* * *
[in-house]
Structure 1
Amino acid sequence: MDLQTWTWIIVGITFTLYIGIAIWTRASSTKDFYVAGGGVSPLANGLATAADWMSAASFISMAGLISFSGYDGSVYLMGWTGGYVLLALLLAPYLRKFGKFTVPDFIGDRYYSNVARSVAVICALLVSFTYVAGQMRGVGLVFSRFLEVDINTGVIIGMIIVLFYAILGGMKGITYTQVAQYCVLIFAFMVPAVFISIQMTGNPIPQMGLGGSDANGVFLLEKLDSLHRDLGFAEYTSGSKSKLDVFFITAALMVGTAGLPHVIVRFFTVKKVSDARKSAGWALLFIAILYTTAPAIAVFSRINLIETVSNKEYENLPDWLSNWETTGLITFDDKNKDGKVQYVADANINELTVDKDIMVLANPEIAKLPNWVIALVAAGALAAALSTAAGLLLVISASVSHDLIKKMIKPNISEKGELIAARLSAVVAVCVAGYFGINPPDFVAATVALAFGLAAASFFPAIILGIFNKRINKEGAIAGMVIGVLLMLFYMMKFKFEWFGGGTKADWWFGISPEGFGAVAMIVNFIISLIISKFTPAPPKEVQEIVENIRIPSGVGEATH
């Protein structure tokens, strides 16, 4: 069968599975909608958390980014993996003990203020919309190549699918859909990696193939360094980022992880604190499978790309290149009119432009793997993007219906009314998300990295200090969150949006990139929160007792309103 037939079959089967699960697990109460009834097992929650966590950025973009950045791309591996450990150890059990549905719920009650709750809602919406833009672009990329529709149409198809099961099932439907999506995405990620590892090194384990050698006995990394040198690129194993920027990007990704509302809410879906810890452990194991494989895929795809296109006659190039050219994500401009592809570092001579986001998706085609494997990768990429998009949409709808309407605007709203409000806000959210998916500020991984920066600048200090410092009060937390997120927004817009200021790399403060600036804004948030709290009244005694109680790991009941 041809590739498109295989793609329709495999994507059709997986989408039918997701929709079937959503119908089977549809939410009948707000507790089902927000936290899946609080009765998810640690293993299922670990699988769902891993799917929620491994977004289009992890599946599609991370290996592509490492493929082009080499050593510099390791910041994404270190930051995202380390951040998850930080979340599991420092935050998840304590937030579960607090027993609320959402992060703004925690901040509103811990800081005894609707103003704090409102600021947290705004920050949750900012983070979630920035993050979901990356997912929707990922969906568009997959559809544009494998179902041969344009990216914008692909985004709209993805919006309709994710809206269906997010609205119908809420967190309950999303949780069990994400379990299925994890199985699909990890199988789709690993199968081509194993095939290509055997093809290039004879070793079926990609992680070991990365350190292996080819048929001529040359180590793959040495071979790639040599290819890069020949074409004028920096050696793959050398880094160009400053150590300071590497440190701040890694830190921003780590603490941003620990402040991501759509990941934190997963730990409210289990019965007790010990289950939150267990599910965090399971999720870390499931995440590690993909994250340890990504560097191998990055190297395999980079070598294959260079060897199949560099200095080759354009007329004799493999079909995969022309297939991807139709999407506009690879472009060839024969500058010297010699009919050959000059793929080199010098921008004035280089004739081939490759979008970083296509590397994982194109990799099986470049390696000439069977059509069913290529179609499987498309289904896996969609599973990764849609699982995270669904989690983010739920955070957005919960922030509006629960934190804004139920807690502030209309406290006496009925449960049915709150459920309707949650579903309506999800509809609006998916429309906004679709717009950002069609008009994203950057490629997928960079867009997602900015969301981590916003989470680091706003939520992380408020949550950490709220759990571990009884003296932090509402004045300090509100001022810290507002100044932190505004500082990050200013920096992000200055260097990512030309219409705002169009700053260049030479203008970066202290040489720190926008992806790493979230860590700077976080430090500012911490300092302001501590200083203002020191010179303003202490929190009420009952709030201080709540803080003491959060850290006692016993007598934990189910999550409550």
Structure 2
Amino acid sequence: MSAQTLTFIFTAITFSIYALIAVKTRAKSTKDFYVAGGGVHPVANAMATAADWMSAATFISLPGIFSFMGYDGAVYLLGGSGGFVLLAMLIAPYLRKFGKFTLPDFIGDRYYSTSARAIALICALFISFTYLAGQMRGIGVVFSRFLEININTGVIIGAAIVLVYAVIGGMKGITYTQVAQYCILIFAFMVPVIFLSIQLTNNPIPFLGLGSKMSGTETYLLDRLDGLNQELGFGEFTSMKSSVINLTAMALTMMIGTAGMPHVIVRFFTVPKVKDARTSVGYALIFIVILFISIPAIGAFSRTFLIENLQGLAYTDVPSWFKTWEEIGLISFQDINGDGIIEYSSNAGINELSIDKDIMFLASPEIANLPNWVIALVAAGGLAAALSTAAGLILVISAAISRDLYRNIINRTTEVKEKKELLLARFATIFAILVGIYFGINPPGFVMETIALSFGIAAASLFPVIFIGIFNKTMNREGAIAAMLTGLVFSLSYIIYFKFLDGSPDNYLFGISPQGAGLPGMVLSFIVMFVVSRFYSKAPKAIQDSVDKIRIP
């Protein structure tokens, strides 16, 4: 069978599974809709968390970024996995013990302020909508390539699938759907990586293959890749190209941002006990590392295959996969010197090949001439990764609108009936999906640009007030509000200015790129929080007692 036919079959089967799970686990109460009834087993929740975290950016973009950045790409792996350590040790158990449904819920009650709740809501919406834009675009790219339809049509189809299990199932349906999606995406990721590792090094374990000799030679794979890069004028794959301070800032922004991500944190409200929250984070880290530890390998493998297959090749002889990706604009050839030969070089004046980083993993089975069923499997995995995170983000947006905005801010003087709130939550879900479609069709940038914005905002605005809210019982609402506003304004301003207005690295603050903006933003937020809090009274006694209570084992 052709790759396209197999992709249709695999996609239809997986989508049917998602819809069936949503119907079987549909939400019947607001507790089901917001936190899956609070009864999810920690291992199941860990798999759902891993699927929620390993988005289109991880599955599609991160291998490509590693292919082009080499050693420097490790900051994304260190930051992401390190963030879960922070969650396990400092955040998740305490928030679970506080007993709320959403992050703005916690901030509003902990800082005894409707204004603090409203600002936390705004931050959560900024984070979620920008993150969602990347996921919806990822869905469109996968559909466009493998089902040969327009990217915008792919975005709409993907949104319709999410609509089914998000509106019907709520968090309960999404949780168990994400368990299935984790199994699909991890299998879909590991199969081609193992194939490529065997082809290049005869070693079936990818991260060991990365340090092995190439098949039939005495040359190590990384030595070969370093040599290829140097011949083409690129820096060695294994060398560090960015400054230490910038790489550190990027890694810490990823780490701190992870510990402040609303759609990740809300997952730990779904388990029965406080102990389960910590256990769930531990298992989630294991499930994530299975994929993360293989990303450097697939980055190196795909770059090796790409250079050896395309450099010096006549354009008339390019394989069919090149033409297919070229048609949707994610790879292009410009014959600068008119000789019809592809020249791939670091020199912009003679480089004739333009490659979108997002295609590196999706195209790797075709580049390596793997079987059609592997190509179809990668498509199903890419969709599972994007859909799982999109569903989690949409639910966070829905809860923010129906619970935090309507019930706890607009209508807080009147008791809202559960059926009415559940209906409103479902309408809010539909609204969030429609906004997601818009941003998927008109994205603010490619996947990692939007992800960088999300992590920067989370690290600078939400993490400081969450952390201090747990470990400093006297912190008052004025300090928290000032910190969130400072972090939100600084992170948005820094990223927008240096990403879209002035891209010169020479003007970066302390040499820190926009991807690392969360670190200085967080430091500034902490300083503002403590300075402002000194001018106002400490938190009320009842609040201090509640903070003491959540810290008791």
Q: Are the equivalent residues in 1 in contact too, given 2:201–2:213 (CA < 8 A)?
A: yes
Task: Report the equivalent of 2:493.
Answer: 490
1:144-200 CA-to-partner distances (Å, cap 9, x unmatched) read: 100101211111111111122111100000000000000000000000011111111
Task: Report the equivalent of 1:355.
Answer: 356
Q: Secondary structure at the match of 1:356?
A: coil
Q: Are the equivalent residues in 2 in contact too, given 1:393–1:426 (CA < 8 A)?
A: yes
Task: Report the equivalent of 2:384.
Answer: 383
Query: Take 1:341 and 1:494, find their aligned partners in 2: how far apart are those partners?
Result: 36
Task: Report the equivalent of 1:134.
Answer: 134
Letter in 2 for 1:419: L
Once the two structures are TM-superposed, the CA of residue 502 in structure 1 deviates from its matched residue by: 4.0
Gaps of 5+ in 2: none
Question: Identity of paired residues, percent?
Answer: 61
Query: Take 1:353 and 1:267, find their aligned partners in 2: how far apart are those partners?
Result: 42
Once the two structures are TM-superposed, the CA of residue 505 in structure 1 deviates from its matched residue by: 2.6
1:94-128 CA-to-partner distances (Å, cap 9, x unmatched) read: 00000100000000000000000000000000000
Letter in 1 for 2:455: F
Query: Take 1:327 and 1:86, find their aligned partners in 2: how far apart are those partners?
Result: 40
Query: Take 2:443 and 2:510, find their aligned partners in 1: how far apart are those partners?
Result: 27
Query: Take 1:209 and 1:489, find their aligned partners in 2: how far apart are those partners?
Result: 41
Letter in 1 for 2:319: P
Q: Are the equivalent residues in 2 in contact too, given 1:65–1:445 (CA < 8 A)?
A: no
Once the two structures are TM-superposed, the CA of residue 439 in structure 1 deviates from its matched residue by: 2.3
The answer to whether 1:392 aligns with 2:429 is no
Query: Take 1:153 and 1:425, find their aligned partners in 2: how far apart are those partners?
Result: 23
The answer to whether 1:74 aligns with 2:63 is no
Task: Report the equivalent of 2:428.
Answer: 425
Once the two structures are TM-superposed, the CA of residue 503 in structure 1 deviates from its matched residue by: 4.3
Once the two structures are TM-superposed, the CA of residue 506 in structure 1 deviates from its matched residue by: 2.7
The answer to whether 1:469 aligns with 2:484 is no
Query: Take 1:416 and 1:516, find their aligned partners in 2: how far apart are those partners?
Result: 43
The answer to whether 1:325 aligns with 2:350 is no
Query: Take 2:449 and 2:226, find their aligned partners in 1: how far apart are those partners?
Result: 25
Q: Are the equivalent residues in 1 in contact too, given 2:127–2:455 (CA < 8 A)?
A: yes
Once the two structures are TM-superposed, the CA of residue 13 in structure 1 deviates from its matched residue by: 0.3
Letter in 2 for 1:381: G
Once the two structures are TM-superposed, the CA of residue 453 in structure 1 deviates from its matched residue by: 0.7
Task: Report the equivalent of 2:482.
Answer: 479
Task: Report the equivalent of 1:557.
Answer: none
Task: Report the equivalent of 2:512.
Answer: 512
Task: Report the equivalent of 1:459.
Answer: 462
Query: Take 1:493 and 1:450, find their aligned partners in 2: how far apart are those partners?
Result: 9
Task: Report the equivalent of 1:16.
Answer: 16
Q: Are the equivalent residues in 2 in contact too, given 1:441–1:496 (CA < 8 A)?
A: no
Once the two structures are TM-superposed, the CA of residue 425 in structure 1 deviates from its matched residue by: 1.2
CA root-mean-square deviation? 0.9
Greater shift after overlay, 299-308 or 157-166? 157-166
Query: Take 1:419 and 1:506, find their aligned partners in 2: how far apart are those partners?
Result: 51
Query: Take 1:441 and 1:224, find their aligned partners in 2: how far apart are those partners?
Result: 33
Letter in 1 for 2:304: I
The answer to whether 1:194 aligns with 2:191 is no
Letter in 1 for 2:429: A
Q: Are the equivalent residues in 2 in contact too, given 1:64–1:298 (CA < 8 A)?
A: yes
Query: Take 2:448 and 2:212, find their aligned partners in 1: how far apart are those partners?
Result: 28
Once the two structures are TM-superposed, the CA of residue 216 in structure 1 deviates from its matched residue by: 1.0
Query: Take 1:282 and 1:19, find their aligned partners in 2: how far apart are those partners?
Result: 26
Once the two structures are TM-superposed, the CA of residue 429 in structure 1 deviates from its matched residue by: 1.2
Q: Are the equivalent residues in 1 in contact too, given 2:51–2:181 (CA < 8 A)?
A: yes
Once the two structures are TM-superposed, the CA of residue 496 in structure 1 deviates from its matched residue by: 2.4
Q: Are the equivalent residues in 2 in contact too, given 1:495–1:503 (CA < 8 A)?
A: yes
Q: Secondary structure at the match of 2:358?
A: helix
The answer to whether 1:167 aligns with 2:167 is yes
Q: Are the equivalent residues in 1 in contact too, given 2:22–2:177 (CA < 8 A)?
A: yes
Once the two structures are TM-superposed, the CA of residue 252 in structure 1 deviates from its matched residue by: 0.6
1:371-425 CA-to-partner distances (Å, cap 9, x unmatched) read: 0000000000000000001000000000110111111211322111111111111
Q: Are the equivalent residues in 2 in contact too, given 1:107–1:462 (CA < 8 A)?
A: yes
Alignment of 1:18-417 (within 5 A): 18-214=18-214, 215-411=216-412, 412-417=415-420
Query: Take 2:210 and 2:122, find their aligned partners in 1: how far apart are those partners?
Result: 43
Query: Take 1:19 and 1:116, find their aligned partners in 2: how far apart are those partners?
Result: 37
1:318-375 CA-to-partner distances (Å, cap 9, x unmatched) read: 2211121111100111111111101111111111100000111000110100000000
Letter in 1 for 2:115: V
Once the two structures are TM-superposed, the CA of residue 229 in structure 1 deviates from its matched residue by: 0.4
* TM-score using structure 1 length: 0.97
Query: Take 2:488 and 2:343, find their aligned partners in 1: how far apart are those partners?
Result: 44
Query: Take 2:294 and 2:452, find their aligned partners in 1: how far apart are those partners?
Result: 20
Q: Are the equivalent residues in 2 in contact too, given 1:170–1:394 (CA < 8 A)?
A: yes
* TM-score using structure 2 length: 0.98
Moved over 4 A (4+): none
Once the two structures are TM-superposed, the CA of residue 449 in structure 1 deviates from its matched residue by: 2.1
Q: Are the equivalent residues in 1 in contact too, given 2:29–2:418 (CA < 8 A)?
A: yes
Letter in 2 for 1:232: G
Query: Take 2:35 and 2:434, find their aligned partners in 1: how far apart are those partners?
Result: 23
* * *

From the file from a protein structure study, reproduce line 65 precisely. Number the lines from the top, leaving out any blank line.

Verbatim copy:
Answer: 479